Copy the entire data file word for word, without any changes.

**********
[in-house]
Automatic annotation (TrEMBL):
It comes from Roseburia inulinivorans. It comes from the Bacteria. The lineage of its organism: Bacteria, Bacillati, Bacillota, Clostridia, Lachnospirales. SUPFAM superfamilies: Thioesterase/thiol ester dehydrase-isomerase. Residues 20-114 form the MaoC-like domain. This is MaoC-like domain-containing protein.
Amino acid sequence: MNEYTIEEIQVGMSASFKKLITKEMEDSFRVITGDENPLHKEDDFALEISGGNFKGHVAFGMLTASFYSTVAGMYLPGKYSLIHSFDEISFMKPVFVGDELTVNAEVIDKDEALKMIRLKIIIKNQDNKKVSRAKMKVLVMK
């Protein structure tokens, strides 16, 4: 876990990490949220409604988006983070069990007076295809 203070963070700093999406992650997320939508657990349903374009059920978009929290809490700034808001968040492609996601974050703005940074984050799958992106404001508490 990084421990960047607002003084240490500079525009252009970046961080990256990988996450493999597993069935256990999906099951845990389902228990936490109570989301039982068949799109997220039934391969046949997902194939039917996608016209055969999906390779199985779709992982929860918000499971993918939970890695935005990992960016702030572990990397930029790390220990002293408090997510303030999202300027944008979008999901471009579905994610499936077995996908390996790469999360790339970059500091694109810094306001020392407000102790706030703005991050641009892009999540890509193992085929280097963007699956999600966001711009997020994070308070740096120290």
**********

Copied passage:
[in-house]
Automatic annotation (TrEMBL):
It comes from Roseburia inulinivorans. It comes from the Bacteria. The lineage of its organism: Bacteria, Bacillati, Bacillota, Clostridia, Lachnospirales. SUPFAM superfamilies: Thioesterase/thiol ester dehydrase-isomerase. Residues 20-114 form the MaoC-like domain. This is MaoC-like domain-containing protein.
Amino acid sequence: MNEYTIEEIQVGMSASFKKLITKEMEDSFRVITGDENPLHKEDDFALEISGGNFKGHVAFGMLTASFYSTVAGMYLPGKYSLIHSFDEISFMKPVFVGDELTVNAEVIDKDEALKMIRLKIIIKNQDNKKVSRAKMKVLVMK
């Protein structure tokens, strides 16, 4: 876990990490949220409604988006983070069990007076295809 203070963070700093999406992650997320939508657990349903374009059920978009929290809490700034808001968040492609996601974050703005940074984050799958992106404001508490 990084421990960047607002003084240490500079525009252009970046961080990256990988996450493999597993069935256990999906099951845990389902228990936490109570989301039982068949799109997220039934391969046949997902194939039917996608016209055969999906390779199985779709992982929860918000499971993918939970890695935005990992960016702030572990990397930029790390220990002293408090997510303030999202300027944008979008999901471009579905994610499936077995996908390996790469999360790339970059500091694109810094306001020392407000102790706030703005991050641009892009999540890509193992085929280097963007699956999600966001711009997020994070308070740096120290």